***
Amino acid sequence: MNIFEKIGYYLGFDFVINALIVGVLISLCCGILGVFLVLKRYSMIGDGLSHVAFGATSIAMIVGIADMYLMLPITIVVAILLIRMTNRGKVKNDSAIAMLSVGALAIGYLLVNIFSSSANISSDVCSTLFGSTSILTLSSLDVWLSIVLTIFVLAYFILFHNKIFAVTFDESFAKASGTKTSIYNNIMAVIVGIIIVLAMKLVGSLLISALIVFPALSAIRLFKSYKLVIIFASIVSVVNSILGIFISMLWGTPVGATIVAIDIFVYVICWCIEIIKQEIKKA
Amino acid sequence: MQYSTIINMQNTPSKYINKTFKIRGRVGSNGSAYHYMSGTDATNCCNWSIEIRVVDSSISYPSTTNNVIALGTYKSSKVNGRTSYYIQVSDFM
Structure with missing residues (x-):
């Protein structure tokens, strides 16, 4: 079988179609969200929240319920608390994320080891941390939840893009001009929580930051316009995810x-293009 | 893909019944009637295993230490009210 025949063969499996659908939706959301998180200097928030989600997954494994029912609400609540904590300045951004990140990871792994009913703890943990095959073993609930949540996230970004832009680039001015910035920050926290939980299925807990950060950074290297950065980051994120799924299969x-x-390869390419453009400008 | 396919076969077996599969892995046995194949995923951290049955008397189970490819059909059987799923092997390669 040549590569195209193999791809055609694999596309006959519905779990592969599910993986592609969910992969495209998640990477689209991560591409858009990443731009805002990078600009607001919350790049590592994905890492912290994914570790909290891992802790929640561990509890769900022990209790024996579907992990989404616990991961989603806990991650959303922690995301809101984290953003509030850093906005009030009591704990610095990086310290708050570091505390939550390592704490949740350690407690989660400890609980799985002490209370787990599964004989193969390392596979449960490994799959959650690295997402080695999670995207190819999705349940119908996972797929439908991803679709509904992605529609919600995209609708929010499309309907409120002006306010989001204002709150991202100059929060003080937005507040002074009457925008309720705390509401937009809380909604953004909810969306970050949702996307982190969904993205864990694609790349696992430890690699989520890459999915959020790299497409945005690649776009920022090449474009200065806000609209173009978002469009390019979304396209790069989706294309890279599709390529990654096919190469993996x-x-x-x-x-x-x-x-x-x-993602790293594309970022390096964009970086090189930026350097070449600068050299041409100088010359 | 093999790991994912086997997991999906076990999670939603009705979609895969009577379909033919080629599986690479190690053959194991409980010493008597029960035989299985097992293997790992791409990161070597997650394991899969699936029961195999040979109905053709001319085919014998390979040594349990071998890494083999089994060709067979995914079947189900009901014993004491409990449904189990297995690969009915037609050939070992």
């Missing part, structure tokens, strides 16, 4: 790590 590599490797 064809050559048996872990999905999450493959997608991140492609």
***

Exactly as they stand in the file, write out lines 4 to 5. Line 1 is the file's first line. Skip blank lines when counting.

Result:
């Protein structure tokens, strides 16, 4: 079988179609969200929240319920608390994320080891941390939840893009001009929580930051316009995810x-293009 | 893909019944009637295993230490009210 025949063969499996659908939706959301998180200097928030989600997954494994029912609400609540904590300045951004990140990871792994009913703890943990095959073993609930949540996230970004832009680039001015910035920050926290939980299925807990950060950074290297950065980051994120799924299969x-x-390869390419453009400008 | 396919076969077996599969892995046995194949995923951290049955008397189970490819059909059987799923092997390669 040549590569195209193999791809055609694999596309006959519905779990592969599910993986592609969910992969495209998640990477689209991560591409858009990443731009805002990078600009607001919350790049590592994905890492912290994914570790909290891992802790929640561990509890769900022990209790024996579907992990989404616990991961989603806990991650959303922690995301809101984290953003509030850093906005009030009591704990610095990086310290708050570091505390939550390592704490949740350690407690989660400890609980799985002490209370787990599964004989193969390392596979449960490994799959959650690295997402080695999670995207190819999705349940119908996972797929439908991803679709509904992605529609919600995209609708929010499309309907409120002006306010989001204002709150991202100059929060003080937005507040002074009457925008309720705390509401937009809380909604953004909810969306970050949702996307982190969904993205864990694609790349696992430890690699989520890459999915959020790299497409945005690649776009920022090449474009200065806000609209173009978002469009390019979304396209790069989706294309890279599709390529990654096919190469993996x-x-x-x-x-x-x-x-x-x-993602790293594309970022390096964009970086090189930026350097070449600068050299041409100088010359 | 093999790991994912086997997991999906076990999670939603009705979609895969009577379909033919080629599986690479190690053959194991409980010493008597029960035989299985097992293997790992791409990161070597997650394991899969699936029961195999040979109905053709001319085919014998390979040594349990071998890494083999089994060709067979995914079947189900009901014993004491409990449904189990297995690969009915037609050939070992």
């Missing part, structure tokens, strides 16, 4: 790590 590599490797 064809050559048996872990999905999450493959997608991140492609």